Topic: Media Research Center
Brent Bozell complains in his Aug. 27 column:
MSNBC obliterated the notion of separating cable-news hosts and their political activism when the network brass gave Rev. Al Sharpton a nightly show two years ago. It was just another day at the office when Sharpton held a rabble-rousing rally for Trayvon Martin in the afternoon, and then covered it on his show hours later.
But Saturday's rally on the steps of the Lincoln Memorial celebrating the 50th anniversary of Martin Luther King's March on Washington was the most dramatic conflict of interest yet. Sharpton organized the rally (with Martin Luther King III) and MSNBC aired huge chunks of it live, including all 20 minutes of Sharpton's screaming keynote speech. An MSNBC press release said they'd be promoting the rally from 11 am to 9 pm.
On Friday night, MSNBC gave Sharpton two hours of "pre-game" to promote the rally. On Sunday morning, he appeared on NBC's "Meet the Press" to pose as Reverend King. On September 6, MSNBC will give Sharpton yet another two hours in prime time for an "Advancing the Dream" special.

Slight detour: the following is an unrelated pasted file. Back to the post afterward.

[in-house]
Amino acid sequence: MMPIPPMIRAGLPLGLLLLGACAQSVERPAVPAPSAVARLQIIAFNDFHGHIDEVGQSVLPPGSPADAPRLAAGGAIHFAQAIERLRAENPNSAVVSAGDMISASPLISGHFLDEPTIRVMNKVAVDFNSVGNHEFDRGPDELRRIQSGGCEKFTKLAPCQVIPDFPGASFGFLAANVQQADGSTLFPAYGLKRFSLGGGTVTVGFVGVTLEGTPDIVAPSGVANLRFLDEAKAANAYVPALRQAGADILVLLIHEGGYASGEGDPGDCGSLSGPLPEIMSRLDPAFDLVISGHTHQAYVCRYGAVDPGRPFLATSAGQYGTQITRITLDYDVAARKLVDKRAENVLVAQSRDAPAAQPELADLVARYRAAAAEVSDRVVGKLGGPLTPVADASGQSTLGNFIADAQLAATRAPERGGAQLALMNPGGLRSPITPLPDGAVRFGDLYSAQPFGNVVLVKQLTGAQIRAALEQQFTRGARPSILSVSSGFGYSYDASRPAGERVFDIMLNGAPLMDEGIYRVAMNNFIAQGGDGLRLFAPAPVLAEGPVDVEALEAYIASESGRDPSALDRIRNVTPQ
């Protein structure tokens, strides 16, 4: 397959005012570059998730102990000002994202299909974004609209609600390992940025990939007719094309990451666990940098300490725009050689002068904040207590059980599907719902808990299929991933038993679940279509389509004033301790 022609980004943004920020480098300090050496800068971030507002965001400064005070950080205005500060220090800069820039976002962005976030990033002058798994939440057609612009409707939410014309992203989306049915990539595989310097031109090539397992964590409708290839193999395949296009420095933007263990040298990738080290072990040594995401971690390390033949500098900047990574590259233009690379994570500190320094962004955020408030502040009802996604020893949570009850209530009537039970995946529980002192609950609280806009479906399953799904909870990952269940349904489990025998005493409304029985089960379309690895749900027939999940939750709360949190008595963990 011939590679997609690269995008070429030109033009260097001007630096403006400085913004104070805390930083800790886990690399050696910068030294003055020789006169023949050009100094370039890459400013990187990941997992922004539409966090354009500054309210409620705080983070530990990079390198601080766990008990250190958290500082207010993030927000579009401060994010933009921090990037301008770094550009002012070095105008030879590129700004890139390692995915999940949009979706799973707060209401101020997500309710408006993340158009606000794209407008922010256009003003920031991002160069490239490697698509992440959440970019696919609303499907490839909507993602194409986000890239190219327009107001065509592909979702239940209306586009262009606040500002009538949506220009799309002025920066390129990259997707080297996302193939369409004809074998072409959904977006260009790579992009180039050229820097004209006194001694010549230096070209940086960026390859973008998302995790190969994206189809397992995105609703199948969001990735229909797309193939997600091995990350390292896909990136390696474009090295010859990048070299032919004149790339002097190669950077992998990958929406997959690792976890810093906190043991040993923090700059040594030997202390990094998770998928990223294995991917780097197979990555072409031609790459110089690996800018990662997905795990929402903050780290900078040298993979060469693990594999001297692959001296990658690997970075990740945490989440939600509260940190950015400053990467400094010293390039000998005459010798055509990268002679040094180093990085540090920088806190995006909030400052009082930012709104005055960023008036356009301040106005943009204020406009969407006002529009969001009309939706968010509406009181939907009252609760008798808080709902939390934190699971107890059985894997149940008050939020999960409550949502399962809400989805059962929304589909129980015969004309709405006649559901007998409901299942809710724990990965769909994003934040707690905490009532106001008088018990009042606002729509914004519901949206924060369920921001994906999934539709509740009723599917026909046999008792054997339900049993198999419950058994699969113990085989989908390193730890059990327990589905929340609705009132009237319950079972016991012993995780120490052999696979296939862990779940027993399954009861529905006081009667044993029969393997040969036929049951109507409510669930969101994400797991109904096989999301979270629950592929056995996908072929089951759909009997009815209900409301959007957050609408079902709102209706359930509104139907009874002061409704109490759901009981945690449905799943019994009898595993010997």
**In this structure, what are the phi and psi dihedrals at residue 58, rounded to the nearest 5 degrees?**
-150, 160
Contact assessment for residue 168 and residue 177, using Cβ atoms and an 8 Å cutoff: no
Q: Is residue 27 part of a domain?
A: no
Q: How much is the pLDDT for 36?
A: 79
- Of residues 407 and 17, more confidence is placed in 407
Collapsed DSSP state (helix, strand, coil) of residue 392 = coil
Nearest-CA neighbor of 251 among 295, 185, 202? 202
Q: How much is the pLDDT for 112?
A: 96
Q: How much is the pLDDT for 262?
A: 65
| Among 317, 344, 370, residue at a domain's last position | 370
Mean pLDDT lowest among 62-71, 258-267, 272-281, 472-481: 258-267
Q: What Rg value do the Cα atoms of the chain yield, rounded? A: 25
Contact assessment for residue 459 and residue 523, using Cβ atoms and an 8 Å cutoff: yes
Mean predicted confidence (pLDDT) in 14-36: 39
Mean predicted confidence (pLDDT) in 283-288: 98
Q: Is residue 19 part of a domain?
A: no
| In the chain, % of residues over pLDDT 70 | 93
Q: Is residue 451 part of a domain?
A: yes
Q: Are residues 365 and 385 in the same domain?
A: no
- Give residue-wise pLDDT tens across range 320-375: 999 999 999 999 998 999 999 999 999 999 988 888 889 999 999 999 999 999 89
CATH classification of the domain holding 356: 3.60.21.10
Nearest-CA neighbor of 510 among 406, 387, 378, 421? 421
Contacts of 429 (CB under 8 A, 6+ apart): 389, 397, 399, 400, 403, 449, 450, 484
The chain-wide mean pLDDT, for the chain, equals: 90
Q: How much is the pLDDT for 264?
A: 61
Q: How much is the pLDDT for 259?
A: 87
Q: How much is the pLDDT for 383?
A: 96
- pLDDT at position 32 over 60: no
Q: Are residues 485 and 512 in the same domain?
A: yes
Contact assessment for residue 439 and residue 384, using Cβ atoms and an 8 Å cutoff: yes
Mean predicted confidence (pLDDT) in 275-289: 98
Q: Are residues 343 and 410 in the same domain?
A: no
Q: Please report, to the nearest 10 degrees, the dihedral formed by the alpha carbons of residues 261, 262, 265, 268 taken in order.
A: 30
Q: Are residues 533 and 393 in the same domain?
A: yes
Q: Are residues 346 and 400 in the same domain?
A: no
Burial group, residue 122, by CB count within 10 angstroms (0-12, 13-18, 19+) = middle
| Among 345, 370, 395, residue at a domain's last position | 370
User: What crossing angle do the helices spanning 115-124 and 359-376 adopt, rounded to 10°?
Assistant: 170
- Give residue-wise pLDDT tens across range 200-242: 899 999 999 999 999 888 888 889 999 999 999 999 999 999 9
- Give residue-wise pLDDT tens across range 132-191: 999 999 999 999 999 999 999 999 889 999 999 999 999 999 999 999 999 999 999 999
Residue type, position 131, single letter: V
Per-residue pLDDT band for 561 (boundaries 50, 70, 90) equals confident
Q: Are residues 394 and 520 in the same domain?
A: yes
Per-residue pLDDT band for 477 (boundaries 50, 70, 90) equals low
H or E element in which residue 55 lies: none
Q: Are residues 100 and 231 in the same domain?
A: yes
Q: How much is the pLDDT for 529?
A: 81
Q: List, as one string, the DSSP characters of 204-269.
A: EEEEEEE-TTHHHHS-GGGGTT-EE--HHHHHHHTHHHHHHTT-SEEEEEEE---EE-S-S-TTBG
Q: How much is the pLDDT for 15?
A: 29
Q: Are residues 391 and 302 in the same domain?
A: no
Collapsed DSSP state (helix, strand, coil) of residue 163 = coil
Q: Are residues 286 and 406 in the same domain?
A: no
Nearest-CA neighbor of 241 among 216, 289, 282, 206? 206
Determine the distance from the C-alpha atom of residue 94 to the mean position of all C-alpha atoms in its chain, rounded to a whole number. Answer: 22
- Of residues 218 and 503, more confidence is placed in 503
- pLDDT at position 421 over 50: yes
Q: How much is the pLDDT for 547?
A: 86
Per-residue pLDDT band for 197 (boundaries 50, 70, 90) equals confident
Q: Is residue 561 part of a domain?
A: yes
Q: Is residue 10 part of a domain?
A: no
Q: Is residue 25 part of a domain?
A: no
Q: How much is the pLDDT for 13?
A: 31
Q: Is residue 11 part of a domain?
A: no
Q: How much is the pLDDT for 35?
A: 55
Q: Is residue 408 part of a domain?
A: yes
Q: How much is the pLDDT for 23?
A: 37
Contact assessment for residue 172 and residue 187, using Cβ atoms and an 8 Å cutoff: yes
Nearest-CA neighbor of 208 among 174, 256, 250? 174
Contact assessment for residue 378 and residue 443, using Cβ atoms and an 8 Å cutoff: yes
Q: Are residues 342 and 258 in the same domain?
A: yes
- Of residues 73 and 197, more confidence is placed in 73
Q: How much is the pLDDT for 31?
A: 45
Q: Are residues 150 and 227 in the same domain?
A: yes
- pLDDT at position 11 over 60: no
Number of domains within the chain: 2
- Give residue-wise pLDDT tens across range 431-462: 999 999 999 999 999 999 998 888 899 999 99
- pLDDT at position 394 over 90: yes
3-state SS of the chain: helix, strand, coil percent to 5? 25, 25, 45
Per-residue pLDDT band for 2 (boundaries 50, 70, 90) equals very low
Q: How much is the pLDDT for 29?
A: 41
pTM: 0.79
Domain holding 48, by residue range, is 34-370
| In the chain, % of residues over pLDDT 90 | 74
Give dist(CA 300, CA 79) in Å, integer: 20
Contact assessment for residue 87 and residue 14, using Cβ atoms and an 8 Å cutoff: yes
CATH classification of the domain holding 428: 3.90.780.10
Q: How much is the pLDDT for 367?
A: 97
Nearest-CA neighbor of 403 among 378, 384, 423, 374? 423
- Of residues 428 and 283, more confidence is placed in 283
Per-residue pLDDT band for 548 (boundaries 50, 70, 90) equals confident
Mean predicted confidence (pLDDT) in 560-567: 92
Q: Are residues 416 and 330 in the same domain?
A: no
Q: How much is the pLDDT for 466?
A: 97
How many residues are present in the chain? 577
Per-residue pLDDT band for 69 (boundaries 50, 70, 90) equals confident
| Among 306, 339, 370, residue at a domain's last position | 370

This comparison is unfair to Rick Santorum, but imagine if Fox News gave Santorum a nightly show and then Santorum gave the keynote speech at the March for Life, and Fox aired large chunks of the March for Life live, and then afterwards, the Fox News hosts competed to see who could praise Santorum the most as the peerless leader of the century. Every liberal who's ever claimed Fox is a propaganda channel and not a news network should shut up and sit down after this Sharpton spectacle on MSNBC.
Bozell won't tell you that MSNBC is arguably following in the footsteps of Fox News, specifically its heavy promotion of the tea party in the early years of the Obama administration, in which Fox far surpassed anything MSNBC and Sharpton have done.
In August 2009, for example, Fox News repeatedly promoted a cross-country bus tour by one tea party group, with one Fox anchor even saying that "we want to let folks know" the Tea Party schedule so "they can be a part" of the events. One Fox "reporter" even embedded with the bus tour and filed biased, fawning reports promoting the tea party effort. And in April 2009, Fox News actually claimed sponsorship of tea party rallies.
Funny, we don't recall Bozell being critical of that, let alone lament any blurred lines between news and advocacy on TV.